Sovereignty and Stagecraft in Panama and the Canal Zone

October 2018

Katherine A. Zien, Sovereign Acts: Performing Race, Space, and Belonging in Panama and the Canal Zone (New Brunswick, NJ: Rutgers University Press, 2017); 265 pages; ISBN 978-0813584102 (paperback)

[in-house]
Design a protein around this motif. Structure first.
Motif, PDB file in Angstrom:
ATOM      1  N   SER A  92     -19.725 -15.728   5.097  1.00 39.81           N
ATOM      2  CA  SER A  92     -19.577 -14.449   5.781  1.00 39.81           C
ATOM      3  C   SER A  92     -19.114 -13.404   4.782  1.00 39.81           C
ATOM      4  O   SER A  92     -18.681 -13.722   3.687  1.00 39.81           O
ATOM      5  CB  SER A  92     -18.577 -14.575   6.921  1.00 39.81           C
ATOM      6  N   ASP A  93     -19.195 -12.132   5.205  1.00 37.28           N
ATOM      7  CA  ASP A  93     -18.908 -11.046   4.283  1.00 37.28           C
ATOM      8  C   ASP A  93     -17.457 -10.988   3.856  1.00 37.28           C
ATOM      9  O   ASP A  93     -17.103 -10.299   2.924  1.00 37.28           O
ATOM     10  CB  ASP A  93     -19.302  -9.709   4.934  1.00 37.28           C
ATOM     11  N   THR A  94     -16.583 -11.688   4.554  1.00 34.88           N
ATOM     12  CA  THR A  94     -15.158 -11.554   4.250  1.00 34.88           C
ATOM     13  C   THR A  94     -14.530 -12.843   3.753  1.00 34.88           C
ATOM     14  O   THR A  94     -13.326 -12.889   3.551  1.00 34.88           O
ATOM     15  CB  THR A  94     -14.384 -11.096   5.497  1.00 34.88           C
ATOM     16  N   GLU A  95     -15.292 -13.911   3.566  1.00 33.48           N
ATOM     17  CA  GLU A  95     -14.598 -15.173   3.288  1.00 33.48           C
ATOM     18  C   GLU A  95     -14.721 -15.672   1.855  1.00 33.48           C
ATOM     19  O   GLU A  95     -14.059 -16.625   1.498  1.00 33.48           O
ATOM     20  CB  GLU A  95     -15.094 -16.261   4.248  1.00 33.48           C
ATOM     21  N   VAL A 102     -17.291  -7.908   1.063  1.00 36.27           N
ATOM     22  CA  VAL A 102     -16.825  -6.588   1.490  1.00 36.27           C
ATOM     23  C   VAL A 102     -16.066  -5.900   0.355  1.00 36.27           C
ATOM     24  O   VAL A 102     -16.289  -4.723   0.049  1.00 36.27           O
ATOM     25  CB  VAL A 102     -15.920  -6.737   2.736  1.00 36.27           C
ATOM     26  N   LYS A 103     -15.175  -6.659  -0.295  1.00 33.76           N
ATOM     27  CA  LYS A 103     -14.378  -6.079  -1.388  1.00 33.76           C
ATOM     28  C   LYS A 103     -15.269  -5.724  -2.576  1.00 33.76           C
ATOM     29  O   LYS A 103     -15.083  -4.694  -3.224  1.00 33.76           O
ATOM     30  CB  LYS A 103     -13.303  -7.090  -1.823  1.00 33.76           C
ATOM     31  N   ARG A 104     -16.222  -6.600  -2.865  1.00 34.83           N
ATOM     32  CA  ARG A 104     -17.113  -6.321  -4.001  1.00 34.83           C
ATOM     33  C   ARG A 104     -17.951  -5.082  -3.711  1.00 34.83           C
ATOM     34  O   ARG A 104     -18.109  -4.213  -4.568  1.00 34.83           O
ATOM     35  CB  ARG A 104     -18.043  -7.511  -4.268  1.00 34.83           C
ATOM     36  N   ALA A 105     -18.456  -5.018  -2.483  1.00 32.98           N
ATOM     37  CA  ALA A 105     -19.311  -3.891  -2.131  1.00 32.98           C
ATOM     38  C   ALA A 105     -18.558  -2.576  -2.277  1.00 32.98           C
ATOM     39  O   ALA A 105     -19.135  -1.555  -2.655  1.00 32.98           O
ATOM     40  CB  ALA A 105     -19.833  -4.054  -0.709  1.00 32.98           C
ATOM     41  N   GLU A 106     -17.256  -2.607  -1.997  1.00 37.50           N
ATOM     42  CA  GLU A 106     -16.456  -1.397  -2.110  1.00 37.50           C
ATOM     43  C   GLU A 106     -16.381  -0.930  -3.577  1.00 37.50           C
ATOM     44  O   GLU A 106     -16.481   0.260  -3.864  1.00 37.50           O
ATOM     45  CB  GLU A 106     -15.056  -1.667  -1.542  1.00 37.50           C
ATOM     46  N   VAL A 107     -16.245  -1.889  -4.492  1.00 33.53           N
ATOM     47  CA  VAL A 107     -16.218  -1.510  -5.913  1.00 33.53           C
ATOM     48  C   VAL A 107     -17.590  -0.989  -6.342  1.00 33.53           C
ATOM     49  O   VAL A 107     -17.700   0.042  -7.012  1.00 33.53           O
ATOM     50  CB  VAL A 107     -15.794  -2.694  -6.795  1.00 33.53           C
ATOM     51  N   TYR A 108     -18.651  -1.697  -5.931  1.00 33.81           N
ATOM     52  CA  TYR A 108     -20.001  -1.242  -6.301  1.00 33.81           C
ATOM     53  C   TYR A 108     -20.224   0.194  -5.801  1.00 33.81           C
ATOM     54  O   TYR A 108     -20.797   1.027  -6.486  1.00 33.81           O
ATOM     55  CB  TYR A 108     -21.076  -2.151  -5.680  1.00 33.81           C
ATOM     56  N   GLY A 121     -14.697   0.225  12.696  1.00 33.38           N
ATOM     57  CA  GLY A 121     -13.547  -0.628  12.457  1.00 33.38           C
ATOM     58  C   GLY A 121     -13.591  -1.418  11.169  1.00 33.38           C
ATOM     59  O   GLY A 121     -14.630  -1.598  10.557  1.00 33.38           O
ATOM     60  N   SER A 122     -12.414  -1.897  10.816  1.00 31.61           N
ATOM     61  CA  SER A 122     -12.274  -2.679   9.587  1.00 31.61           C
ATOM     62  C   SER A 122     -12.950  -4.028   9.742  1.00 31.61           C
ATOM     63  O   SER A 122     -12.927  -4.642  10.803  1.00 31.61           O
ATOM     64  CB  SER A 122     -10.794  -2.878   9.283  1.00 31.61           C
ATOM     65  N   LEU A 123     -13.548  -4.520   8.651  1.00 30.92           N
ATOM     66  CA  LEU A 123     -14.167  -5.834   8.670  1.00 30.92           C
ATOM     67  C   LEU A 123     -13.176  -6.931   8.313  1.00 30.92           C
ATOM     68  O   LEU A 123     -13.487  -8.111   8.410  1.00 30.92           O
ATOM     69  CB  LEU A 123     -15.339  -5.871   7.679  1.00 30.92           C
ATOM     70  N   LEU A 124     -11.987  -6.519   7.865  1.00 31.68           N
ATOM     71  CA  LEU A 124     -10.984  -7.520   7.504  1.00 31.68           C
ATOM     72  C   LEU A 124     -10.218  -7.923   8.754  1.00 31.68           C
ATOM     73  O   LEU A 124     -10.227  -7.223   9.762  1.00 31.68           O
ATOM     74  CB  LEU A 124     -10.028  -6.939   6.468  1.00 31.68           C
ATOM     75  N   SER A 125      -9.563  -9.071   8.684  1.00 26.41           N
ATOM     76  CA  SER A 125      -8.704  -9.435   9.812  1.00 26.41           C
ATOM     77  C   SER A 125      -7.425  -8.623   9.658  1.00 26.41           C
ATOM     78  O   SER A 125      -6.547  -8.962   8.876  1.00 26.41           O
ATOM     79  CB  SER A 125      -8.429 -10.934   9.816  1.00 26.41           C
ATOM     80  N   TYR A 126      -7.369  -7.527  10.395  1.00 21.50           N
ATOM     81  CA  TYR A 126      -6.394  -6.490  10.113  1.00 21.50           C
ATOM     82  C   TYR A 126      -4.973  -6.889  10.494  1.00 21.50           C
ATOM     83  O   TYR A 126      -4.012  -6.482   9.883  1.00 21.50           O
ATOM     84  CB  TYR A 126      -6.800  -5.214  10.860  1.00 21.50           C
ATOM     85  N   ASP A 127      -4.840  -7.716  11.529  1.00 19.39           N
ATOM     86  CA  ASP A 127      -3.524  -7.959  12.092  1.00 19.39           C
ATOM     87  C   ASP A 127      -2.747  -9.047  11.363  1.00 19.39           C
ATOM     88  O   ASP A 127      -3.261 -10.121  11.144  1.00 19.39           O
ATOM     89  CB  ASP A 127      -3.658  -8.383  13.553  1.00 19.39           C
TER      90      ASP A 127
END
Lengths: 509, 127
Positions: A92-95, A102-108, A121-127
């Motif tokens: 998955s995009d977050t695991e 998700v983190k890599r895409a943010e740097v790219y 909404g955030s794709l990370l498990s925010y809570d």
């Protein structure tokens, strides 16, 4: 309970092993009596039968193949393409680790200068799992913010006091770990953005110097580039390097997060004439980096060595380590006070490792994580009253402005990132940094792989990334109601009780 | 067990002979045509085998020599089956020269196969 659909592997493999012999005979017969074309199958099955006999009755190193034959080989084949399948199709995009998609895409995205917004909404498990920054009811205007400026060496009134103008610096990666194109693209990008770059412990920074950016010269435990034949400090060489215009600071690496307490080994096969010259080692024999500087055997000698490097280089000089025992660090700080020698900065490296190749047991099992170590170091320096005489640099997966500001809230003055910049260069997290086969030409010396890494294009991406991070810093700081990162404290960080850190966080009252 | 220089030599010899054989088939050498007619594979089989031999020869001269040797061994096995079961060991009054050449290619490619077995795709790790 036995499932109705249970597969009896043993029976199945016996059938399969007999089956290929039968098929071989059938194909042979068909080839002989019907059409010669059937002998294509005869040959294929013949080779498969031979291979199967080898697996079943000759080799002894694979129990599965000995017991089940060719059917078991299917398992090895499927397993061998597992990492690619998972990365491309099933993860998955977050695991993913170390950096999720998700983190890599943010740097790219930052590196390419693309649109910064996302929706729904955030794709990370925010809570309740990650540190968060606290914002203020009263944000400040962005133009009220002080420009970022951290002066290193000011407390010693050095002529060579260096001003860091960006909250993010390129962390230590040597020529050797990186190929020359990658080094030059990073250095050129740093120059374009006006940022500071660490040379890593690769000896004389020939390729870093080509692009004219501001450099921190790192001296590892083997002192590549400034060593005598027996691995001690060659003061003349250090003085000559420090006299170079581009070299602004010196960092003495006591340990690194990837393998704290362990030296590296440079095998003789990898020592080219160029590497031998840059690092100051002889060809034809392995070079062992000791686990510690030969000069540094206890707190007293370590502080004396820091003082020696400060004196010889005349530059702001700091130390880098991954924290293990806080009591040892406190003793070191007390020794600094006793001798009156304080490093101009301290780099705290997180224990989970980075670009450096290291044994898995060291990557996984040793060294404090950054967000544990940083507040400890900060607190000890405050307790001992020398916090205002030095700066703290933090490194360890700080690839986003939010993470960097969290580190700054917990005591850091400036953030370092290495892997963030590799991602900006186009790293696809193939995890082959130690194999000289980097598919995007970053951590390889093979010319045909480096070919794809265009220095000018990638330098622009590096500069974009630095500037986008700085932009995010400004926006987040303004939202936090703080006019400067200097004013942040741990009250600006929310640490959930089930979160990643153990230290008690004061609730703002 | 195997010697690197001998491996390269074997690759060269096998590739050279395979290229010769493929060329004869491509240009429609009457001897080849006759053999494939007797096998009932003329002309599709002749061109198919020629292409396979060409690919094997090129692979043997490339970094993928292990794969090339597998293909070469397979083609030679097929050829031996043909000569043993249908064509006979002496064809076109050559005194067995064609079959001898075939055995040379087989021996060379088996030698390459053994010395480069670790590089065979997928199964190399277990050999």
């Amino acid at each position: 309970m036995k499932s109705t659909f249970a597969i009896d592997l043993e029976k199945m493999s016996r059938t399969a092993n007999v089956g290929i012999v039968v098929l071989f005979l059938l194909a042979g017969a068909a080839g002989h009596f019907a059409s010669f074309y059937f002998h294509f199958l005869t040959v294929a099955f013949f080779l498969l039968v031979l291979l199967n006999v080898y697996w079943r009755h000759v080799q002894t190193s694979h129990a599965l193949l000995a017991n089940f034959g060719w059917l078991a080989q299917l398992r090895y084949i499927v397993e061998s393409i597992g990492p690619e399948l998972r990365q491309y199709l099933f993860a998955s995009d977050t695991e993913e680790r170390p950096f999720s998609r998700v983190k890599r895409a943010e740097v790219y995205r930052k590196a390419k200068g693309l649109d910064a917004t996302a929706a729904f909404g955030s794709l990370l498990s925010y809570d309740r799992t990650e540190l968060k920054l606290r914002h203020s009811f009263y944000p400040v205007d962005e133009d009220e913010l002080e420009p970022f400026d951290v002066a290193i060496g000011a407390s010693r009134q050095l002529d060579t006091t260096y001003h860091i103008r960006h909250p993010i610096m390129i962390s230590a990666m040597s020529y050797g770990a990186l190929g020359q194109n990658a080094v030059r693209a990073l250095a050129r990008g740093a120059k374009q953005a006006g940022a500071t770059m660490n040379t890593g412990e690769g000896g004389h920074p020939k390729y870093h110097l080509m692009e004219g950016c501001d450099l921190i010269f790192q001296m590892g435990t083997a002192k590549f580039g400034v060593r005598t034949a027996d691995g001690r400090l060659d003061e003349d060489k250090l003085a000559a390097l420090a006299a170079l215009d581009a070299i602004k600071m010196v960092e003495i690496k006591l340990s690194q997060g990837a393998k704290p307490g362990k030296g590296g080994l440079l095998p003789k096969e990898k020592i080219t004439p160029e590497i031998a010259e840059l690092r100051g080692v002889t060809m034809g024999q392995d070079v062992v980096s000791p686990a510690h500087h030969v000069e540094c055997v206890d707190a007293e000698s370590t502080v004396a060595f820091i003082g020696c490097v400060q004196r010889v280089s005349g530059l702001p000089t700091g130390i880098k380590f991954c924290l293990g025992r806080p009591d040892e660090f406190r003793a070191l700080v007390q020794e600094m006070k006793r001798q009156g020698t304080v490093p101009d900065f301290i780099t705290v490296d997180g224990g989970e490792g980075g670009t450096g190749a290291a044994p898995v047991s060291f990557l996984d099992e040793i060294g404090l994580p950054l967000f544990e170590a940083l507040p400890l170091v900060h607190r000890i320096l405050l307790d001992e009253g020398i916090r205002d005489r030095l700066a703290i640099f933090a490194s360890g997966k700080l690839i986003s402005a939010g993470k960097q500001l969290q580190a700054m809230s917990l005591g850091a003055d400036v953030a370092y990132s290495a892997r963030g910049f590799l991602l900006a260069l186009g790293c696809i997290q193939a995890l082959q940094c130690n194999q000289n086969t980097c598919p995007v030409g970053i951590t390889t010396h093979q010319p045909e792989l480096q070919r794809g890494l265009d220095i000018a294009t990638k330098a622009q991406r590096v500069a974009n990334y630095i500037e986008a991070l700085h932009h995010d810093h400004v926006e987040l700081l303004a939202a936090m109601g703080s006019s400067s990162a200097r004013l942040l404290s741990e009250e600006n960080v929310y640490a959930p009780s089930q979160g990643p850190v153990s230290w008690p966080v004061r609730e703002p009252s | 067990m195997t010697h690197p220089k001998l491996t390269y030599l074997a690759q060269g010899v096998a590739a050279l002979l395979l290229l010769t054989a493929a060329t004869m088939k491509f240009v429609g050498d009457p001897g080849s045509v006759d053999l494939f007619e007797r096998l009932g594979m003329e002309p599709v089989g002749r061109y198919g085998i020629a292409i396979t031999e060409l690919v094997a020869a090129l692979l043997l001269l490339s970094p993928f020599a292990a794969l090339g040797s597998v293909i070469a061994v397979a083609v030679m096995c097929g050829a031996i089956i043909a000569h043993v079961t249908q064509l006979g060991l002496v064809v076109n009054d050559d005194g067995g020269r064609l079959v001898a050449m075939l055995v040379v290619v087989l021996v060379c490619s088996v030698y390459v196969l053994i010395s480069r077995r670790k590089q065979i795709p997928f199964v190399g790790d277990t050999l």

Whatever we mean by “labor migrant,” we are unlikely to use the term for the thousands of Americans who went to Panama to work during the almost one hundred years of a US-controlled Panama Canal (1903–99). This term is used for these migrants’ many West Indian counterparts, however. One reason is that when Americans went to work in a foreign country as administrators and managers and technicians and laborers, they were encouraged to think of their new home as if it were on American soil. They celebrated American holidays, watched American films, and sent their children to schools with American curricula. Living in the Canal Zone put them in a legal gray area: the Panama Canal Treaty granted the United States jurisdiction in the zone, which meant sovereignty in everything but name. What, then, did being a “Zonian” mean for migrants (American and not) and their children (American and not)? Katherine A. Zien takes up this question, as well as the question of what having a US-controlled Canal Zone meant for Panamanians, in her new book Sovereign Acts: Performing Race, Space, and Belonging in Panama and the Canal Zone.